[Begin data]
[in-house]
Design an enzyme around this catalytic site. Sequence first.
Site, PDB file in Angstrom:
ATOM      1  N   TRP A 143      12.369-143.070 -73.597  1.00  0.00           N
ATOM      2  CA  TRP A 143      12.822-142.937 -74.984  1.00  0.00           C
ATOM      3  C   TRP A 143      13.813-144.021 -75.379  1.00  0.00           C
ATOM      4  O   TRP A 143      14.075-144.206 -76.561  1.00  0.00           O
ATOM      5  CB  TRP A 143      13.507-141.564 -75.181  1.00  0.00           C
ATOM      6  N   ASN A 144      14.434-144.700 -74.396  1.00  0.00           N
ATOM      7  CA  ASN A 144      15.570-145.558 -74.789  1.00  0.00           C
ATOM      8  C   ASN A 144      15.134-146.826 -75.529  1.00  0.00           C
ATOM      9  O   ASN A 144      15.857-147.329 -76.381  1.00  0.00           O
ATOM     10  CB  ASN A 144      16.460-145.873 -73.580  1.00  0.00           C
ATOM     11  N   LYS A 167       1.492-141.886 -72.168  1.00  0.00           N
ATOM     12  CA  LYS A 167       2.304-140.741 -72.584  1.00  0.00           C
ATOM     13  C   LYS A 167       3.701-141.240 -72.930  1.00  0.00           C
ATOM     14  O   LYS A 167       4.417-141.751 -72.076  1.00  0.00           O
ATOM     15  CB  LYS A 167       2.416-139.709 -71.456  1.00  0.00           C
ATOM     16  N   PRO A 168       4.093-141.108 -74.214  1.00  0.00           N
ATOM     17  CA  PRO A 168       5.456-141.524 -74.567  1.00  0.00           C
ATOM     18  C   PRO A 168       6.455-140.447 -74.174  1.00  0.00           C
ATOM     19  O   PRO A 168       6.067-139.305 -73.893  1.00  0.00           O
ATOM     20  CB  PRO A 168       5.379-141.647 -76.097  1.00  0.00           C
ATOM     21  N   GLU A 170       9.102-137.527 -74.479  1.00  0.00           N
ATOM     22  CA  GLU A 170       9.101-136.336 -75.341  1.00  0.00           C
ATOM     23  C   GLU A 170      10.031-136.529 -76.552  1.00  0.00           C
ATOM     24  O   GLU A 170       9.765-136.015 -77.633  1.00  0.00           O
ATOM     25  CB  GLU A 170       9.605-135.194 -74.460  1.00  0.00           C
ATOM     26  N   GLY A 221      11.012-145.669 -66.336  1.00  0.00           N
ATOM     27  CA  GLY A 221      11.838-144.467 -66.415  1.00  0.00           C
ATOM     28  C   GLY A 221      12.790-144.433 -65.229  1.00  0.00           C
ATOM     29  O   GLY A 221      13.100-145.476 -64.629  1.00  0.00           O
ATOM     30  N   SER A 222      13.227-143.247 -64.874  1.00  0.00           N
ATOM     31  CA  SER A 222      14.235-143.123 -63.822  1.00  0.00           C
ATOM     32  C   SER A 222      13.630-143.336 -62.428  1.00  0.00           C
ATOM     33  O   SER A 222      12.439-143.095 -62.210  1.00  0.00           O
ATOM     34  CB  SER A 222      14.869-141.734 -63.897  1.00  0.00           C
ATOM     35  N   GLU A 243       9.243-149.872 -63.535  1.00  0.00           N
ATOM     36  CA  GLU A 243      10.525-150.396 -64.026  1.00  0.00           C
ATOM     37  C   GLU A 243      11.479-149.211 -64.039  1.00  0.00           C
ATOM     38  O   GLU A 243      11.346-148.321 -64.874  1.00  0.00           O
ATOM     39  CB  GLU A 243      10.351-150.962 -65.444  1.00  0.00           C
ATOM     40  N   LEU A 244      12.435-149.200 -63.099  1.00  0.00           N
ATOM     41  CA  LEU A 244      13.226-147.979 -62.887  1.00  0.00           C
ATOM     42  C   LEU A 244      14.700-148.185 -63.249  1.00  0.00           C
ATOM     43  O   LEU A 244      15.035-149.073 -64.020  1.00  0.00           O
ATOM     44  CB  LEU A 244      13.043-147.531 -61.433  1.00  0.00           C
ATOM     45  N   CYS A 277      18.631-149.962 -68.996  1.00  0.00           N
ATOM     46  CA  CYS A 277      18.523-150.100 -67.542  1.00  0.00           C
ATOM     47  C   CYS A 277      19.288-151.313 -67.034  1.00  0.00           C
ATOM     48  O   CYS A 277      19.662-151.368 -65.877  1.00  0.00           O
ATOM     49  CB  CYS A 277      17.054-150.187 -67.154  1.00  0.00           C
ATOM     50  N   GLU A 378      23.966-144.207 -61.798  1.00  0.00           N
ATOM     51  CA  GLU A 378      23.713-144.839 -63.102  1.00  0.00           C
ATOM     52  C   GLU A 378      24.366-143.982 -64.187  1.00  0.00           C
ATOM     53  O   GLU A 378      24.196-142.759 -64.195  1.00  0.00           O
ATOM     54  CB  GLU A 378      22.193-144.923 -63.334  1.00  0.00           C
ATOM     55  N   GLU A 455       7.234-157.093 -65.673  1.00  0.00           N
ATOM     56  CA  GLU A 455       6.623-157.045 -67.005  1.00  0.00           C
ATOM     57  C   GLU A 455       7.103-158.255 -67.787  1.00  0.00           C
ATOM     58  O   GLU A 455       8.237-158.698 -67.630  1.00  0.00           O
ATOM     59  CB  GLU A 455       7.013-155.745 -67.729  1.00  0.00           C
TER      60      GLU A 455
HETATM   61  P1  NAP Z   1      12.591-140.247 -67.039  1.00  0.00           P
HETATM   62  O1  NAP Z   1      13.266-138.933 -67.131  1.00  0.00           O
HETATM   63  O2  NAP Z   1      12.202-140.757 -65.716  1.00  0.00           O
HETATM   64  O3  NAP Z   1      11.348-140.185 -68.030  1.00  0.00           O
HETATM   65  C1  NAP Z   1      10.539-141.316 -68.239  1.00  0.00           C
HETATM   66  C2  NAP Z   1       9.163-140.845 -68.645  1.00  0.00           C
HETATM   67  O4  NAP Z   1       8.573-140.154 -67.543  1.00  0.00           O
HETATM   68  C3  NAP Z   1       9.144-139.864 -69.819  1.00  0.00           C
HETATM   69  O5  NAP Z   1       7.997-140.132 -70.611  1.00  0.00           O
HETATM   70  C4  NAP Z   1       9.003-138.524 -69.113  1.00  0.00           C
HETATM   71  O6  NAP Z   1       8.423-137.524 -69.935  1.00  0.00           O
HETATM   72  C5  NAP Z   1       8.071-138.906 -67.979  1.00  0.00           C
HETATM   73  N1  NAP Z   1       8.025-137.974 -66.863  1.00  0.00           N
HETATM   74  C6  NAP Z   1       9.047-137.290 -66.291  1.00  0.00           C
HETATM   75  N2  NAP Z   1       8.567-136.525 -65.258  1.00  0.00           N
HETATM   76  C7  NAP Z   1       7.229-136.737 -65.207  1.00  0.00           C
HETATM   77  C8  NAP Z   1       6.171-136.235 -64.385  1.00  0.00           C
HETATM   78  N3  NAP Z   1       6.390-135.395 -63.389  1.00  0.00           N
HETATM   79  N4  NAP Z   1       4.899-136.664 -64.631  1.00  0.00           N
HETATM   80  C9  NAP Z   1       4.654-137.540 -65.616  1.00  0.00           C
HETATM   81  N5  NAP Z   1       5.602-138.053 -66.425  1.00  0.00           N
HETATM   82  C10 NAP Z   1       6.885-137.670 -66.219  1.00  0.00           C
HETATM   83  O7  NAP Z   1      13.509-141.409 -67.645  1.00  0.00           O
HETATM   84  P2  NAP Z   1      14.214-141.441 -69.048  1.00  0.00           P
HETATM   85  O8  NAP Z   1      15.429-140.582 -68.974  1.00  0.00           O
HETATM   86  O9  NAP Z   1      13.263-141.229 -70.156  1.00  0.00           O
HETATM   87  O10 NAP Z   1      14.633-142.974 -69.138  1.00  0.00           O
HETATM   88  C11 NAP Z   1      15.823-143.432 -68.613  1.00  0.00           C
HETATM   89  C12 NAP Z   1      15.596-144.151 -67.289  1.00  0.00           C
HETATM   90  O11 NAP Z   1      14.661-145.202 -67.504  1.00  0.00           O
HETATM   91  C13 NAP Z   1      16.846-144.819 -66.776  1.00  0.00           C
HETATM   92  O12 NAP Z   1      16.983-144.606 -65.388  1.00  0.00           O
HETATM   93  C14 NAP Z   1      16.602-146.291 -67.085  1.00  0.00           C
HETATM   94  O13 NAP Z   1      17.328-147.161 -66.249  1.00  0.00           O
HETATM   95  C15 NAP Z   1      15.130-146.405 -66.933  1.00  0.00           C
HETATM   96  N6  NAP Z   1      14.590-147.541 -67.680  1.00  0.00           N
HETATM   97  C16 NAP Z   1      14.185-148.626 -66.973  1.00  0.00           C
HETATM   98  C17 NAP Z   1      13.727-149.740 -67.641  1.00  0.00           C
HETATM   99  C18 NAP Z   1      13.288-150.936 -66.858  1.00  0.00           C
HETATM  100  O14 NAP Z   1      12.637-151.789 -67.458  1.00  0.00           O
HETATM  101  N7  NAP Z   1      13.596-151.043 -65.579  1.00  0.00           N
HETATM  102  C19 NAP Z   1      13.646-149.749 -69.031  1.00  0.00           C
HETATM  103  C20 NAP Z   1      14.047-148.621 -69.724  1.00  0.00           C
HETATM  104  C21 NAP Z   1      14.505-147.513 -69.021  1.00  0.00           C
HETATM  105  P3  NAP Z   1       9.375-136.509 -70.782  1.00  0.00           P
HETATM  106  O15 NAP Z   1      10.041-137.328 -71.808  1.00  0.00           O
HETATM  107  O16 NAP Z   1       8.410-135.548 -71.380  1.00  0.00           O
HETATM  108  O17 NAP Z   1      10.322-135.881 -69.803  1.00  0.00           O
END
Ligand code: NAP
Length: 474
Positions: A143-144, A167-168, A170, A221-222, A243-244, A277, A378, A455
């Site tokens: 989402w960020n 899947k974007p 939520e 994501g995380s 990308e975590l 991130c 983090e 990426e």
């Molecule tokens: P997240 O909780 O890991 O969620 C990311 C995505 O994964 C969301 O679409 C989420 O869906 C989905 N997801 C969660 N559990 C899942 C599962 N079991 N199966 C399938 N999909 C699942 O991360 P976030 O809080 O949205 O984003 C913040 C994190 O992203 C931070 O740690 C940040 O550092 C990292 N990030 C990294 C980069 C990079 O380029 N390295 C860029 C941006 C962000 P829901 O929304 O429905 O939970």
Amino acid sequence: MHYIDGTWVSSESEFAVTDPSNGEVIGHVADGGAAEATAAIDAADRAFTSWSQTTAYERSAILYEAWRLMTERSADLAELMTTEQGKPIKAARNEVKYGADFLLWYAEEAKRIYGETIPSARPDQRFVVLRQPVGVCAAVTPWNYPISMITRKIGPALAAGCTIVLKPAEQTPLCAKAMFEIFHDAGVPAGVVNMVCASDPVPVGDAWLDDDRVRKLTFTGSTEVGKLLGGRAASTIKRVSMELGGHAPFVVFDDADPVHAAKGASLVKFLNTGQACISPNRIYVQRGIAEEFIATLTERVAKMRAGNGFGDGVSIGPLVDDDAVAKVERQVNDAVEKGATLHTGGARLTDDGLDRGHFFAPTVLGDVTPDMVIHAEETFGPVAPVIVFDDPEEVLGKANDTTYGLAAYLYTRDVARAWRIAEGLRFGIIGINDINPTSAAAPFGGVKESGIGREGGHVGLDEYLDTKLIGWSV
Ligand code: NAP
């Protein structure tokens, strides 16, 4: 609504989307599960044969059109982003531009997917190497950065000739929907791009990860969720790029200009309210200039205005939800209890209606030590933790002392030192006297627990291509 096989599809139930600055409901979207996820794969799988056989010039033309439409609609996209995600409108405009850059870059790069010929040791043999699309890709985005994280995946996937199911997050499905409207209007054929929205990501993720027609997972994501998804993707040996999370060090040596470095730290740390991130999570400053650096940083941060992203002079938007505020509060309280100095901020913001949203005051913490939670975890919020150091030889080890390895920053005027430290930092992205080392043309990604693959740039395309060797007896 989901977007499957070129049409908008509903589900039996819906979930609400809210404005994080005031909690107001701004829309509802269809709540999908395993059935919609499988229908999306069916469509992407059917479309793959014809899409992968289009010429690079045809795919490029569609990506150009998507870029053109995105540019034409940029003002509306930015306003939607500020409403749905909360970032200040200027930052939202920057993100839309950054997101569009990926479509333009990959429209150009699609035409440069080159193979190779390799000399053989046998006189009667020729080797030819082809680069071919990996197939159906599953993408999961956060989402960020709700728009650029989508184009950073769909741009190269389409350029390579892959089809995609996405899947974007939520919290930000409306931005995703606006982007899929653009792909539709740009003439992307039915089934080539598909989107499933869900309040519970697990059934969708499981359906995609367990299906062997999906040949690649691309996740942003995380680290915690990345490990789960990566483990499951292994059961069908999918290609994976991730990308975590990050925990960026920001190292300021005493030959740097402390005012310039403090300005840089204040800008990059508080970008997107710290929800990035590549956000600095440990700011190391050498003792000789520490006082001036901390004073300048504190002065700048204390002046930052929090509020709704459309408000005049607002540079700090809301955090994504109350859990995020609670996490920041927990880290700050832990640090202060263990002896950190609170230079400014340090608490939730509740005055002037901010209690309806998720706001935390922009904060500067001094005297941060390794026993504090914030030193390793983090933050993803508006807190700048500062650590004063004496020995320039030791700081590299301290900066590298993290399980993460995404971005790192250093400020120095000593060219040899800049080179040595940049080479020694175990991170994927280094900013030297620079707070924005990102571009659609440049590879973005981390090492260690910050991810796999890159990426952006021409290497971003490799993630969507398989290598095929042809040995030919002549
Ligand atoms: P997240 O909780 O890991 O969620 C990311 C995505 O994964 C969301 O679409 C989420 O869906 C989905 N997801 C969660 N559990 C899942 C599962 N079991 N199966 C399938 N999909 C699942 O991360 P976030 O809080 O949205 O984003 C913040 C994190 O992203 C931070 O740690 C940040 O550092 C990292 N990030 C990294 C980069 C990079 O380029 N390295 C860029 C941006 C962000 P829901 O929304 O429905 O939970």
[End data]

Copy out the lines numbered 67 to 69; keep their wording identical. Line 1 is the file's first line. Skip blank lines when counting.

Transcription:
HETATM   64  O3  NAP Z   1      11.348-140.185 -68.030  1.00  0.00           O
HETATM   65  C1  NAP Z   1      10.539-141.316 -68.239  1.00  0.00           C
HETATM   66  C2  NAP Z   1       9.163-140.845 -68.645  1.00  0.00           C